You don’t have to make it back the way you lost it

Investing Mantra

  • Doubling down on a bad idea is a bad idea that is twice as bad.

    • Don't cling to a mistake just because you spent a lot of time making it.

    • Denial is an investing sin. Accept it as soon as it happens.

  • Losers average losers.

    • Before you buy more after a big fall, make sure you stand by your thesis.

    • Average costing a loser asset is a losing strategy.

    • Only the biggest losers buy more of a loser asset.

  • Chasing losses is a sign that you are gambling.

    • Chasing losses is when you keep gambling to win back money you've already lost.

    • Chronic gamblers notoriously chase losses.

    • People chasing losses believe the game must "balance out".

      • But this is a statistical myth: the Law of Large Numbers only guarantees that certain ratios converge — and the contribution of any one ‘anomaly’ converges to 0 at the limit — so no particular event has to balance out at all.

    • People chasing losses will often gravitate towards long-shots which entail even more risk — a dreadful cycle that will not end well.

  • Psychologically, you are likely to cling to bad investments because you cannot bring yourself to crystallize the loss and acknowledge failure.

    • On the other hand, by selling winners, you can pat yourself on the back for being so clever. 

    • This is a costly asymmetry. On balance, you should do the exact opposite.

    • The only way to avoid this mistake is by sheer will.

  • Terrence Odean analyzed 10,000 discount brokerage accounts that stripped out distress sales and focused only on trades where clients bought and sold stocks in the same day.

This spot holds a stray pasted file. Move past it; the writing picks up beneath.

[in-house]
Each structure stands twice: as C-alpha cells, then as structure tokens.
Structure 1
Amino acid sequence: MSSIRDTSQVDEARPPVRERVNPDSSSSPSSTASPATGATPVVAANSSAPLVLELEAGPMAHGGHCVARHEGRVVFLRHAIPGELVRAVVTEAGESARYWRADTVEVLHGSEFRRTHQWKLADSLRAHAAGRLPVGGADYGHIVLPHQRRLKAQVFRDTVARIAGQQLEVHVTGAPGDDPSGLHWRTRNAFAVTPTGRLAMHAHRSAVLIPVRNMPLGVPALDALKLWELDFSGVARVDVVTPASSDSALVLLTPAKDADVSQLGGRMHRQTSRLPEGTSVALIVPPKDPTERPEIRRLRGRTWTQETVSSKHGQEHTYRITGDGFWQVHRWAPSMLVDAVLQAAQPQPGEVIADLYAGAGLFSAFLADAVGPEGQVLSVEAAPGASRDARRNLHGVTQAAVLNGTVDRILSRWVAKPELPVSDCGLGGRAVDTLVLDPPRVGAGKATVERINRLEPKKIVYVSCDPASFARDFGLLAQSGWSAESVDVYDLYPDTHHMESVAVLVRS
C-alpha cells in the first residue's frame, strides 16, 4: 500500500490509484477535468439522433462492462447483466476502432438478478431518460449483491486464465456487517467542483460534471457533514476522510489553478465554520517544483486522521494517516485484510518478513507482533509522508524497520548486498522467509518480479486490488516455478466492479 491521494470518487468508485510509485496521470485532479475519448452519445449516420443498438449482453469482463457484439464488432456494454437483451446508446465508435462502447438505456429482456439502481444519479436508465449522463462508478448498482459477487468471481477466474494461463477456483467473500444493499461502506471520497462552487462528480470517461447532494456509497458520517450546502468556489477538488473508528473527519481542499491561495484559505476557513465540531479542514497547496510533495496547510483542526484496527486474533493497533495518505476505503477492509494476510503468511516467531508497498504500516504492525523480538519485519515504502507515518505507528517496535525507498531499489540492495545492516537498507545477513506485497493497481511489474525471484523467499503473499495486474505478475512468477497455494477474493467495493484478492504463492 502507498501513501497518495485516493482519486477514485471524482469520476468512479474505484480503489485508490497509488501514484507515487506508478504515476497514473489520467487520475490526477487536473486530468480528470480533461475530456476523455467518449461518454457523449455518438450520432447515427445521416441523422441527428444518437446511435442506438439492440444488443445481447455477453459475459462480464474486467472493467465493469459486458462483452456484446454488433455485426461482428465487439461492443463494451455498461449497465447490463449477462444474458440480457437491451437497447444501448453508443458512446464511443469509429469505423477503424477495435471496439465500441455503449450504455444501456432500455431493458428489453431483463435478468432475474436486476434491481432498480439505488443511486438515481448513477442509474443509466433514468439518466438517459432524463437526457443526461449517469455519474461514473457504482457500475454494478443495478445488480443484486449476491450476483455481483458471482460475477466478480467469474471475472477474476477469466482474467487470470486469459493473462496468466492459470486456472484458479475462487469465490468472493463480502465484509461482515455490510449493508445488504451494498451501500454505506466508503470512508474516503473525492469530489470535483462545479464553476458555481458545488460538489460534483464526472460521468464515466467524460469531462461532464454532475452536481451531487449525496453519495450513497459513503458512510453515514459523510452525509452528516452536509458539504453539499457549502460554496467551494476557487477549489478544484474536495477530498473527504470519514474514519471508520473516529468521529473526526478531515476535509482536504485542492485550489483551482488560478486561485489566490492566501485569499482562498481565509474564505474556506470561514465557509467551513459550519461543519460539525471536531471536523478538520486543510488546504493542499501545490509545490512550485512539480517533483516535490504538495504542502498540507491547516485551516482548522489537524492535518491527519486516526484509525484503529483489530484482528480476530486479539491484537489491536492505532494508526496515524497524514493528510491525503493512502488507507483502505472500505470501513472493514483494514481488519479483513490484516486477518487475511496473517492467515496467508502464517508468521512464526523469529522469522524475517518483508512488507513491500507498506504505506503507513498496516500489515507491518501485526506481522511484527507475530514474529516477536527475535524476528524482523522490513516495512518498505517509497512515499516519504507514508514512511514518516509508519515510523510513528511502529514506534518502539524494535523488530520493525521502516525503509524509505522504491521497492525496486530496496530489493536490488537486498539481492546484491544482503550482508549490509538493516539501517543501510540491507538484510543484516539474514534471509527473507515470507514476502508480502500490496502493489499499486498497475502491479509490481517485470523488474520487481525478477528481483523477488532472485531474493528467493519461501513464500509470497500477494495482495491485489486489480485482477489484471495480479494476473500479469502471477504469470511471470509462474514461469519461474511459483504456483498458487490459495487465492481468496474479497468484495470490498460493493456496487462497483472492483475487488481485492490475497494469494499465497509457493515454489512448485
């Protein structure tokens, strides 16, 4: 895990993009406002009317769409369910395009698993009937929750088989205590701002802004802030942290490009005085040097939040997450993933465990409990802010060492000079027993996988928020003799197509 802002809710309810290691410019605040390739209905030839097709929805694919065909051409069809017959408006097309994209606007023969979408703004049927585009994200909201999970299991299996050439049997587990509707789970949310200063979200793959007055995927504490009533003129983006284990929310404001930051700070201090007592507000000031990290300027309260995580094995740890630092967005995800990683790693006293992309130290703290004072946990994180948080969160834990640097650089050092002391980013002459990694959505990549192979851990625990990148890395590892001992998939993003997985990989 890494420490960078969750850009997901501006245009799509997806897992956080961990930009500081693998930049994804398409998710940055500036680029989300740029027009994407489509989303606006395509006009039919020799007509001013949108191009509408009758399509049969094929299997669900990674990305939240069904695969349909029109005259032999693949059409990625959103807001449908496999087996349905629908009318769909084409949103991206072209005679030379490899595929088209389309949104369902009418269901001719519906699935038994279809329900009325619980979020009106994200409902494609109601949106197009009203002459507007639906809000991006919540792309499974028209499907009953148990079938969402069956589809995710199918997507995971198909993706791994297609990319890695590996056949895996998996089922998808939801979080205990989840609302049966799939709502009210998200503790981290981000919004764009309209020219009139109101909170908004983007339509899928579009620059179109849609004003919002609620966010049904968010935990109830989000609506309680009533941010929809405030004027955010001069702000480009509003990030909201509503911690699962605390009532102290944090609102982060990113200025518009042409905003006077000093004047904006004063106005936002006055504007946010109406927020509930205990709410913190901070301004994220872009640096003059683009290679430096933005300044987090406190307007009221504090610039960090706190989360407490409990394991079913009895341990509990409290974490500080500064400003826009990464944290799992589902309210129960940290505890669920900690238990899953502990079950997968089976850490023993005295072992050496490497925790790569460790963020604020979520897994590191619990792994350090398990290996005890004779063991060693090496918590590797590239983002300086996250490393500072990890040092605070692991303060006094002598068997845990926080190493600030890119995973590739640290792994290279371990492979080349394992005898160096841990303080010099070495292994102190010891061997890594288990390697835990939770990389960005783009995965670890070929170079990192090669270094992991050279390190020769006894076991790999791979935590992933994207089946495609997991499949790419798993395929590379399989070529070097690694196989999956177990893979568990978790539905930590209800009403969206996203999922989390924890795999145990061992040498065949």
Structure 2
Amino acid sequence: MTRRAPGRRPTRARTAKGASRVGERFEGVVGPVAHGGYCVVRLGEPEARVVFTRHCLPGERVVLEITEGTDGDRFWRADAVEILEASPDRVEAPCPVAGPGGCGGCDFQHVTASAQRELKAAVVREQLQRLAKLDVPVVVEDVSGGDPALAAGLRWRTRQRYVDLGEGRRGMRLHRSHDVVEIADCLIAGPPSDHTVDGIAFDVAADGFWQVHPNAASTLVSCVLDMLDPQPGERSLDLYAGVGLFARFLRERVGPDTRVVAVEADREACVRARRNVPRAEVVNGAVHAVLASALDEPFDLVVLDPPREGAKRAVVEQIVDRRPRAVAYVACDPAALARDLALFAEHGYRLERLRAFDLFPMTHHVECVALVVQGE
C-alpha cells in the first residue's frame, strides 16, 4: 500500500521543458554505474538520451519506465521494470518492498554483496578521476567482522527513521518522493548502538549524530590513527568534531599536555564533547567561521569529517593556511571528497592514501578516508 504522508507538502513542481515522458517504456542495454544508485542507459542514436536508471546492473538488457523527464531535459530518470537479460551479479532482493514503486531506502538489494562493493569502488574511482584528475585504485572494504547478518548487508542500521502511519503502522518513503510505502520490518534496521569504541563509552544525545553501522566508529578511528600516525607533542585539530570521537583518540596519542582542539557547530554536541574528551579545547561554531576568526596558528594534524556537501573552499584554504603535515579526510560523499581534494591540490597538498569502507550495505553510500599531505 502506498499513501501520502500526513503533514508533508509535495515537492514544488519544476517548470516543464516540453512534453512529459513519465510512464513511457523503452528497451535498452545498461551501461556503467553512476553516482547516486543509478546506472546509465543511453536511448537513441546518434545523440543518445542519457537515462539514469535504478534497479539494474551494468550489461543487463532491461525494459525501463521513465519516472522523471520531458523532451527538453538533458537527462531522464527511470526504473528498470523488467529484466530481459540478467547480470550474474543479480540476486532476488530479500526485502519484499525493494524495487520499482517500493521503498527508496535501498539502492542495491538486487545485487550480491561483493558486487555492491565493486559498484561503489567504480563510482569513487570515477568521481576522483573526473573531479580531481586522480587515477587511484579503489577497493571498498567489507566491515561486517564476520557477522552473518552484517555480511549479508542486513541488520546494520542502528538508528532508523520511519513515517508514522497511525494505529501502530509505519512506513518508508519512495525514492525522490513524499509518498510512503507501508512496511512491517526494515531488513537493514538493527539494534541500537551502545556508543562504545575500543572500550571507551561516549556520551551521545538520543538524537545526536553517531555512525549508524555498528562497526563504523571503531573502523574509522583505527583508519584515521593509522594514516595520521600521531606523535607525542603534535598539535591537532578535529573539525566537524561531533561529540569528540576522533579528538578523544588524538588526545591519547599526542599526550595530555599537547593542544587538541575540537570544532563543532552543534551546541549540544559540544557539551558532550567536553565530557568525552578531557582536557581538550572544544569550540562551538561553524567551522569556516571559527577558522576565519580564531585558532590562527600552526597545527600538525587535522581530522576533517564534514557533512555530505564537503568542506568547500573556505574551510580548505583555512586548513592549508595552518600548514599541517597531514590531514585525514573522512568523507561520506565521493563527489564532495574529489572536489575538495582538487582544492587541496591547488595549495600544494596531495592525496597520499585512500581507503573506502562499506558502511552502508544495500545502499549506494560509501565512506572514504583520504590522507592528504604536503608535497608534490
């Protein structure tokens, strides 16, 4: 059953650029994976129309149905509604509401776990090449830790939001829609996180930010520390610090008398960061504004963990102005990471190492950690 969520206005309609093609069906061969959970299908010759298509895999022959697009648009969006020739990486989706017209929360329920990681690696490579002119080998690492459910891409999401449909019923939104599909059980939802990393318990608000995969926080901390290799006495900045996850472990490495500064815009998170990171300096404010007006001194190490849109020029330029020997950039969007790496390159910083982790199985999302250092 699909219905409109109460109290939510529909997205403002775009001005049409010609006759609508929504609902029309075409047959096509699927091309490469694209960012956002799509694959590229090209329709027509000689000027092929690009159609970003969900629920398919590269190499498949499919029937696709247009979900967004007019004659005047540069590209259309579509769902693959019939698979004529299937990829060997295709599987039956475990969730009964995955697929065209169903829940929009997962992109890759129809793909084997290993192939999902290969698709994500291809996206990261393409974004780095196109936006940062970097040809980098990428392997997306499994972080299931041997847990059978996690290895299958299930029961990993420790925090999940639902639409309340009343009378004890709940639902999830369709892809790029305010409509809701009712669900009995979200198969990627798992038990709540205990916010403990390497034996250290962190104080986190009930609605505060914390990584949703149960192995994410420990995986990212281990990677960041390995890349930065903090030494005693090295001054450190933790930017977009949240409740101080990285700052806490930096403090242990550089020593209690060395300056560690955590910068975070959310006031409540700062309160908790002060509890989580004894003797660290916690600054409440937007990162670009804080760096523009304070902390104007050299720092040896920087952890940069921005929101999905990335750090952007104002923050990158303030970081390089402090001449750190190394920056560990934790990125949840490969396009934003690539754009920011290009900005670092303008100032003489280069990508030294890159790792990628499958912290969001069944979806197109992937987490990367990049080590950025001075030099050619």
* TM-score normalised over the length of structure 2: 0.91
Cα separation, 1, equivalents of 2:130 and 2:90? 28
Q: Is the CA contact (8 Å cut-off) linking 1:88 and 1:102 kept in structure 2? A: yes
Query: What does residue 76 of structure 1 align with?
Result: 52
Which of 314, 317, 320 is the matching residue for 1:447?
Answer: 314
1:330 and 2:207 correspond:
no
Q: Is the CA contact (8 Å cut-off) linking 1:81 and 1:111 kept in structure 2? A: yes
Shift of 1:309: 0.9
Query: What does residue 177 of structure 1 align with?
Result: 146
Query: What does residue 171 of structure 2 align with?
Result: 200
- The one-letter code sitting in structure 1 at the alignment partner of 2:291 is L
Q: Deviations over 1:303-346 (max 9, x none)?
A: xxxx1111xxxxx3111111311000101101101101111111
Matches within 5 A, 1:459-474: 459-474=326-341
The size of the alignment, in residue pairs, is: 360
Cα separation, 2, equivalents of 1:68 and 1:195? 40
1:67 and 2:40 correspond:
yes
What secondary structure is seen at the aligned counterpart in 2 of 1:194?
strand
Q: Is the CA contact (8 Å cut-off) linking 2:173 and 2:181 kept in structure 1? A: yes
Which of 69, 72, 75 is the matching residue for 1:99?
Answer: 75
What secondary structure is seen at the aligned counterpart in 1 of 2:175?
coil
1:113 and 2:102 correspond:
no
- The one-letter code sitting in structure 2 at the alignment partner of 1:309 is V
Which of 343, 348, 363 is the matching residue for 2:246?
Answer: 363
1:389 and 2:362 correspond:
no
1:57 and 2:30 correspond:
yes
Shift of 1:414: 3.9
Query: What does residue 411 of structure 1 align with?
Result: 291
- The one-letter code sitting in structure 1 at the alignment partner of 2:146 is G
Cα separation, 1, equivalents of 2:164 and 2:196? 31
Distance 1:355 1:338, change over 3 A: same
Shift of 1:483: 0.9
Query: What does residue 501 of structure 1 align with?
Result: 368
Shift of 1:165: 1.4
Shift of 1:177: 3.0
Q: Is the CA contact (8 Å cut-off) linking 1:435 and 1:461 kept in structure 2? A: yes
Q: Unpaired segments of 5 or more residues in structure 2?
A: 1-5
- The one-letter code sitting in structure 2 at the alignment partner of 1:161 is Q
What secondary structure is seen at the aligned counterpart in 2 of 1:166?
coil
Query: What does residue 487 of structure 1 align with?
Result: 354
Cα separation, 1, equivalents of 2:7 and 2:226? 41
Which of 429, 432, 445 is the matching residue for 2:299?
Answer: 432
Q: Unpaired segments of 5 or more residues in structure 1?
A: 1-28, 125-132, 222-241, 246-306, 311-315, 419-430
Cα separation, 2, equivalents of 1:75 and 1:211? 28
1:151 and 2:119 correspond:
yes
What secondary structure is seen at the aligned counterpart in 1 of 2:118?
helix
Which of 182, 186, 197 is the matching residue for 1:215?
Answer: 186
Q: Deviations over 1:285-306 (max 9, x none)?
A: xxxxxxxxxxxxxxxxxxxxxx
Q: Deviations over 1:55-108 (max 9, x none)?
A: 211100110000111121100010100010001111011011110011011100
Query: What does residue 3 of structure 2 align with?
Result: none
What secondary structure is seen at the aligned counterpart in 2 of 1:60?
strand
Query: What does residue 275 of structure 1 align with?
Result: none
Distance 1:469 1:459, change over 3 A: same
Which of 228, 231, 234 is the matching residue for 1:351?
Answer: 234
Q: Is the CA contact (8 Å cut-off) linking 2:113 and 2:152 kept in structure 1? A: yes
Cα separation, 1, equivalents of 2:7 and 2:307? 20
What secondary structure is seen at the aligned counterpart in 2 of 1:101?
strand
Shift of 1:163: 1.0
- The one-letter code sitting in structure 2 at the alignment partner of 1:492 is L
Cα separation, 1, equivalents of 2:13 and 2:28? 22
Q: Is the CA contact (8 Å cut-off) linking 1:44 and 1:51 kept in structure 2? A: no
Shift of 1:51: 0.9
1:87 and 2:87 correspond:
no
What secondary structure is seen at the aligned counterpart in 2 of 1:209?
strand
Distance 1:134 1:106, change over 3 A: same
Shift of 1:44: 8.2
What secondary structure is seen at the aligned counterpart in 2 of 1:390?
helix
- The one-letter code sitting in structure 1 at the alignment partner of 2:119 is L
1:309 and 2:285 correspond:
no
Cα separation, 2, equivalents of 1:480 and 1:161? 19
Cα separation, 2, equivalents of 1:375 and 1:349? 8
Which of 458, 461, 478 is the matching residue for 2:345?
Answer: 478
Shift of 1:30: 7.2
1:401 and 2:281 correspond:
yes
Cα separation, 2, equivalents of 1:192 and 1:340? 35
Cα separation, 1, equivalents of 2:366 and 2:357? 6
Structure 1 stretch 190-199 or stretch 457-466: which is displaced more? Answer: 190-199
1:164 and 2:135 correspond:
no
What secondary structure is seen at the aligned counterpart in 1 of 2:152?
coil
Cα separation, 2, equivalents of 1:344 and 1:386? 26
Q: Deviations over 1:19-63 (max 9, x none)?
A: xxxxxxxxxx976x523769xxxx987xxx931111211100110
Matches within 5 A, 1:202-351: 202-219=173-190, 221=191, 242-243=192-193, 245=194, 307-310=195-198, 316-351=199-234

• He discovered that the stocks clients sold outperformed those they bought by 3.4 percentage points on average over the subsequent year.

“You don’t have to make it back the way you lost it. In fact, it’s usually a mistake to make it back the way you lost it.”

— Warren Buffett, BRK Shareholder Meeting 1995

“One of the most important things in stocks is that the stock does not know that you own it. You know, you have all these feelings about it — you remember what you paid, you remember who told you about it — all these little things. And it doesn’t give a damn. It just sits there.”

— Warren Buffett, BRK Shareholder Meeting 1995

“I’d like to repeat that business about not having to ‘get it back the way you lost it.’ You know that’s the reason so many people are ruined by gambling. They get behind and then they feel they have to get it back the way they lost it. It’s a deep part of the human nature. And it’s very smart just to lick it — by will — and little phrases like that are very useful.”

— Charlie Munger, BRK Shareholder Meeting 1995

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